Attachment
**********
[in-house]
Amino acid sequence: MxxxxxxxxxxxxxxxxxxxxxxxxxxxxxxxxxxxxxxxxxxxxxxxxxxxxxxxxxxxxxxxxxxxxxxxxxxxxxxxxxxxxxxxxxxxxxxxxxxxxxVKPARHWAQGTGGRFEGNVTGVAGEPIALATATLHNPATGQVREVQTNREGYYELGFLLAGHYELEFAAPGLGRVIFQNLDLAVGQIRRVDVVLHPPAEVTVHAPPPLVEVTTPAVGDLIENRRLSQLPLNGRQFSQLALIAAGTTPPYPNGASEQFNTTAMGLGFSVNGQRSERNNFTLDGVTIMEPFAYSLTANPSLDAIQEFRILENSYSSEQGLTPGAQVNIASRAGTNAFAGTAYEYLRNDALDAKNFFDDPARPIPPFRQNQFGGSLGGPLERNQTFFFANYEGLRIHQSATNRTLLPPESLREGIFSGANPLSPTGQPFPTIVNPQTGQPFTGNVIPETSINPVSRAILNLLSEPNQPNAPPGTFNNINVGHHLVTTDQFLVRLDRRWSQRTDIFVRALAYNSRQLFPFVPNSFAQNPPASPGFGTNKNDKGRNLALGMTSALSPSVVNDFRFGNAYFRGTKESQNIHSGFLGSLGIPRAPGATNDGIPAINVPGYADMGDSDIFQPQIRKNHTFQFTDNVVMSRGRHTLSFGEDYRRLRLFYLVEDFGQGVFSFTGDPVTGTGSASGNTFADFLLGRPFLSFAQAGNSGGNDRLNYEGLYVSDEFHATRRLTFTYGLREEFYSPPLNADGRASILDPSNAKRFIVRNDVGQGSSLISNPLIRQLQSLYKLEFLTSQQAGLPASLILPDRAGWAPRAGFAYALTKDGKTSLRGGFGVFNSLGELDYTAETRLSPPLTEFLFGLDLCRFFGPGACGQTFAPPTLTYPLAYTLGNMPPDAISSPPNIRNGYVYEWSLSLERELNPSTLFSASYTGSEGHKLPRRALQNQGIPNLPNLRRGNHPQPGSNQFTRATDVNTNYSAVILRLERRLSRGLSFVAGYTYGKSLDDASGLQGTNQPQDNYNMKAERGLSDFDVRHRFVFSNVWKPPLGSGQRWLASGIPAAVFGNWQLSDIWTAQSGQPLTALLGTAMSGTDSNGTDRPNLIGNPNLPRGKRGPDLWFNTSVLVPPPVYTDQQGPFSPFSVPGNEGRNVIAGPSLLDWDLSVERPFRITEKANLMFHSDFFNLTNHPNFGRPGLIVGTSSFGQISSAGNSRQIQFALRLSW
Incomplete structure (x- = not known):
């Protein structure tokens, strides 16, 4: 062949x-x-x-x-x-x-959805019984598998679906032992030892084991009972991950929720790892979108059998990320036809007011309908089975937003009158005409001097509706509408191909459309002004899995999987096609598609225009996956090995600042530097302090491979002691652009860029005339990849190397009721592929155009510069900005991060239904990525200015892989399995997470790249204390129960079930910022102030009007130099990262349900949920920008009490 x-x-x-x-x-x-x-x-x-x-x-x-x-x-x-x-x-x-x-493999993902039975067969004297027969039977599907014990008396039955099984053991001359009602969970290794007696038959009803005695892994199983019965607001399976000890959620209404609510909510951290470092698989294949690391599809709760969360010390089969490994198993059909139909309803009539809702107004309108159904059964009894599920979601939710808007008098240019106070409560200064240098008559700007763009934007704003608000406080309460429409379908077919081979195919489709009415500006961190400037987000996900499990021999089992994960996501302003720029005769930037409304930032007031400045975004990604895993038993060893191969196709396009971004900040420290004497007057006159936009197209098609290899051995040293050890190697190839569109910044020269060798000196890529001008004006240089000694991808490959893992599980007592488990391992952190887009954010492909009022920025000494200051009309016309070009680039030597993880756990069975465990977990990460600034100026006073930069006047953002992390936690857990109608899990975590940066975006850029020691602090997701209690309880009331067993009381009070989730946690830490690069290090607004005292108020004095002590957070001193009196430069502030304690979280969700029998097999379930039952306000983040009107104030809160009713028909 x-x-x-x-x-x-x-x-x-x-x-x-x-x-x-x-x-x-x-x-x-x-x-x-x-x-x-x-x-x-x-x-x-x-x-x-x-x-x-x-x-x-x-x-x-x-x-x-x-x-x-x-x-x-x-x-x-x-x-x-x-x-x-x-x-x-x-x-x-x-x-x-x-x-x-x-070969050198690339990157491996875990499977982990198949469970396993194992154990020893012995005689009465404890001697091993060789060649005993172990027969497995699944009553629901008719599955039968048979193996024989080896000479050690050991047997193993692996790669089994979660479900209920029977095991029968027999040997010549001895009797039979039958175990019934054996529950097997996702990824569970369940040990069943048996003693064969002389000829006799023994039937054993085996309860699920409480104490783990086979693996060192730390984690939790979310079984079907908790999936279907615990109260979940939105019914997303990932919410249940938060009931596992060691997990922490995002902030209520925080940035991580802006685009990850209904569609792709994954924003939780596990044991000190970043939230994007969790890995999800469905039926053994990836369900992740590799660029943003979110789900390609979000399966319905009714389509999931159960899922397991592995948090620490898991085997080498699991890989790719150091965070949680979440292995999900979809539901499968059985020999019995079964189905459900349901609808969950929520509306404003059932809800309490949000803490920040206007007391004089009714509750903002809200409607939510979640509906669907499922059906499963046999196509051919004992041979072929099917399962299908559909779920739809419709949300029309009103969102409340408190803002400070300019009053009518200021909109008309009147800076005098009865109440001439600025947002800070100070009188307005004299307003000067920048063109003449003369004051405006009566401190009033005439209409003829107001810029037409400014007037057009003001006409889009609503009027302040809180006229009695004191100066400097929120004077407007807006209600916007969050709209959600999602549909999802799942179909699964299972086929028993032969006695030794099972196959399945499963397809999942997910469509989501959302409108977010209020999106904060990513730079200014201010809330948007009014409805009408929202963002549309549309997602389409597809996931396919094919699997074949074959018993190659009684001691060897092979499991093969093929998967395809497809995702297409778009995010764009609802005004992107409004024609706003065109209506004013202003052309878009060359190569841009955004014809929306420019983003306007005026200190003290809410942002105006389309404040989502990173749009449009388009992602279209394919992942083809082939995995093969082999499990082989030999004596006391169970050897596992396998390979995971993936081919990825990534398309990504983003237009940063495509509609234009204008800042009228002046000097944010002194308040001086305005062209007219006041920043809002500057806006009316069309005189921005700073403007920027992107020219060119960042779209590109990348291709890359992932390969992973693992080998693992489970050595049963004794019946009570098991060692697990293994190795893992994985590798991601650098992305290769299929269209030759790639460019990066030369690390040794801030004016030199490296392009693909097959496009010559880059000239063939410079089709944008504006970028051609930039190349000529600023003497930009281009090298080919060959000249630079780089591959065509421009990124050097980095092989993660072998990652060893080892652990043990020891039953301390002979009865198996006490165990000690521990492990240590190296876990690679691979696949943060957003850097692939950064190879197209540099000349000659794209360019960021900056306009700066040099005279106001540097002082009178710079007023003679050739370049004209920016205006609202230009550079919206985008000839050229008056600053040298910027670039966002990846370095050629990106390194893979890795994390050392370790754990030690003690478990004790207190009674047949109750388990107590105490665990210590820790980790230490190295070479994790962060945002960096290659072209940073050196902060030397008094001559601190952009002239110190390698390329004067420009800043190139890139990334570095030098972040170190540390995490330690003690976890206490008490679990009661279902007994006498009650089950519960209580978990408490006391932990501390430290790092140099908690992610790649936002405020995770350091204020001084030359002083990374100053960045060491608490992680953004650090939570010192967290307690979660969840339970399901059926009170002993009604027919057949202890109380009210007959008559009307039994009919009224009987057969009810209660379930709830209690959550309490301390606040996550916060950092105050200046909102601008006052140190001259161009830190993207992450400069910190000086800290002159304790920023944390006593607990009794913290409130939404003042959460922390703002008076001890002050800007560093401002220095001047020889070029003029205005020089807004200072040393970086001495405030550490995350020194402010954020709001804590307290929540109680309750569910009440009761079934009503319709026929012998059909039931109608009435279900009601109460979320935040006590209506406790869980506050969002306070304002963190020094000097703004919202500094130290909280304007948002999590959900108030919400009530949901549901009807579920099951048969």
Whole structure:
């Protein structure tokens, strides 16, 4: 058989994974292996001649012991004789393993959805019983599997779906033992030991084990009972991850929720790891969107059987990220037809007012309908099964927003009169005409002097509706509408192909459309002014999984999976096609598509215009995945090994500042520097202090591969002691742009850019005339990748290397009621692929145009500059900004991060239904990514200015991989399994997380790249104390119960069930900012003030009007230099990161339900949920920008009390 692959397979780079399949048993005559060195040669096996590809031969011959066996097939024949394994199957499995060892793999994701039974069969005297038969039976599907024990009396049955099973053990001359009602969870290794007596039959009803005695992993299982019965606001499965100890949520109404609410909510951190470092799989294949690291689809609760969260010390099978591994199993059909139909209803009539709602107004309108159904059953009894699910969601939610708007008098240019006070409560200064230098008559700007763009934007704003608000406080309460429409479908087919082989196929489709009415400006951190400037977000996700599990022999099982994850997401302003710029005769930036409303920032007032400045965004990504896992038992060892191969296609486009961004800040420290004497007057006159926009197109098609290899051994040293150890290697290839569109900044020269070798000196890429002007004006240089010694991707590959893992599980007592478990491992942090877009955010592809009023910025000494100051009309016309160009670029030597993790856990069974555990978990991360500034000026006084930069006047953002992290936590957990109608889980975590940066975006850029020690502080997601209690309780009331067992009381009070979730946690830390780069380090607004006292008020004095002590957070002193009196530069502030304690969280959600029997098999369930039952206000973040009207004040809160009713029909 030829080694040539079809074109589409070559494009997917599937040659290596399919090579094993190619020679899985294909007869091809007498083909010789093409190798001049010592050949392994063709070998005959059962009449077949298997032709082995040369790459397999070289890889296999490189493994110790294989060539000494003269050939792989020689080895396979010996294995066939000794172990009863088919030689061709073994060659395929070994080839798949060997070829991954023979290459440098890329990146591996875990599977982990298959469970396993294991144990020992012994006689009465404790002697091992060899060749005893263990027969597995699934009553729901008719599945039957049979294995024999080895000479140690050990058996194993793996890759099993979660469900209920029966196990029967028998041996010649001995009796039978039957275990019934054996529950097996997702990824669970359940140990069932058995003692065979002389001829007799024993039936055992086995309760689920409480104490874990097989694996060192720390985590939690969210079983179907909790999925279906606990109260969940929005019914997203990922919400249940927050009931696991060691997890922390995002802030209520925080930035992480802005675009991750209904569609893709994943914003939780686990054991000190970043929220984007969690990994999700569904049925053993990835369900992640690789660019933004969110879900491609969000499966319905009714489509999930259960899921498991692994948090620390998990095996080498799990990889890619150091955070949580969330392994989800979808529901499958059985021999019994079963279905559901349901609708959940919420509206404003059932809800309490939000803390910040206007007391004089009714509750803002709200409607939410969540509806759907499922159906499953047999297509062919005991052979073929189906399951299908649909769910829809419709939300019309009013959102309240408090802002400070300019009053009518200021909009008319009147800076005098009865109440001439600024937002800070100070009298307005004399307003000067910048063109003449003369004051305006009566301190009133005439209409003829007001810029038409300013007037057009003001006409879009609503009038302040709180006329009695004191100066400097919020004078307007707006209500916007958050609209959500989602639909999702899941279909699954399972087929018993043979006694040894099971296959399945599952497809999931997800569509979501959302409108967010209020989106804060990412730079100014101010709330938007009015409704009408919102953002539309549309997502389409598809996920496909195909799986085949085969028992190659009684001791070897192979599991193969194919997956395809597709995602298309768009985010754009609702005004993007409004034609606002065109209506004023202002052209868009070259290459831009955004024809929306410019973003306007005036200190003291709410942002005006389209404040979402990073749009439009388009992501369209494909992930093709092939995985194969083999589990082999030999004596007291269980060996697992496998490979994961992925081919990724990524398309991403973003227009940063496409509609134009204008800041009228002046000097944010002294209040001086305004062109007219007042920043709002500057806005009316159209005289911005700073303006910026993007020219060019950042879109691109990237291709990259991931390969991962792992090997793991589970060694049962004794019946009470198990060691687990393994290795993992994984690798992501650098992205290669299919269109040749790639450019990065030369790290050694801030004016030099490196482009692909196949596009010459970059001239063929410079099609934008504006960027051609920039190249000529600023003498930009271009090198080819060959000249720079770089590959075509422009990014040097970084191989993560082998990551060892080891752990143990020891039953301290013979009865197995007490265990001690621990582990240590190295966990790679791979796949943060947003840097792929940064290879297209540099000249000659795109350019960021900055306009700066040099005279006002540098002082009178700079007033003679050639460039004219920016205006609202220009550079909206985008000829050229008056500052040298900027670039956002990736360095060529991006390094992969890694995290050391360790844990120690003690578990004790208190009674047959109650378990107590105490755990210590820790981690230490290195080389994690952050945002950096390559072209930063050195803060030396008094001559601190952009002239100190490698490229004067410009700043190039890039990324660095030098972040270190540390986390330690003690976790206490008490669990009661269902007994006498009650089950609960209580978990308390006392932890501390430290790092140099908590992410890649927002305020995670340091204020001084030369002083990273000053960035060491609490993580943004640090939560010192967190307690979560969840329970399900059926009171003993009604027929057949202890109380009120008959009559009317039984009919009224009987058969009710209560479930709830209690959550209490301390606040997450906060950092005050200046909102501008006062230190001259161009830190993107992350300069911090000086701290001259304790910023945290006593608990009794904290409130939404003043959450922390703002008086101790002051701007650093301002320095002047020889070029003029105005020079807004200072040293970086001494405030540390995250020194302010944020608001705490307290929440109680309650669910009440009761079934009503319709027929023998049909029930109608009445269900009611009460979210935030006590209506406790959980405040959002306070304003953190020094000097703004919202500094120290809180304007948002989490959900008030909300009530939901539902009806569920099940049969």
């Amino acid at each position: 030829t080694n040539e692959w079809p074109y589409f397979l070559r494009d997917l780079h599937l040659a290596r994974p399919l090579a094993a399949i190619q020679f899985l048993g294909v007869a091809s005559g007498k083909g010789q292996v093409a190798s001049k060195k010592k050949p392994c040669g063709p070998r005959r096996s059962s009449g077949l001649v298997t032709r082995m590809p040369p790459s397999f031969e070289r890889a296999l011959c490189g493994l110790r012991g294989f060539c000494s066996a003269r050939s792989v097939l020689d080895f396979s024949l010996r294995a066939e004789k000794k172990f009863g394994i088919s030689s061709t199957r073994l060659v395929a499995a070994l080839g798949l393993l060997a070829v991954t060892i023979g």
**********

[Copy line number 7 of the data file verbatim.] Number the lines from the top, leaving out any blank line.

């Amino acid at each position: 030829t080694n040539e692959w079809p074109y589409f397979l070559r494009d997917l780079h599937l040659a290596r994974p399919l090579a094993a399949i190619q020679f899985l048993g294909v007869a091809s005559g007498k083909g010789q292996v093409a190798s001049k060195k010592k050949p392994c040669g063709p070998r005959r096996s059962s009449g077949l001649v298997t032709r082995m590809p040369p790459s397999f031969e070289r890889a296999l011959c490189g493994l110790r012991g294989f060539c000494s066996a003269r050939s792989v097939l020689d080895f396979s024949l010996r294995a066939e004789k000794k172990f009863g394994i088919s030689s061709t199957r073994l060659v395929a499995a070994l080839g798949l393993l060997a070829v991954t060892i023979g």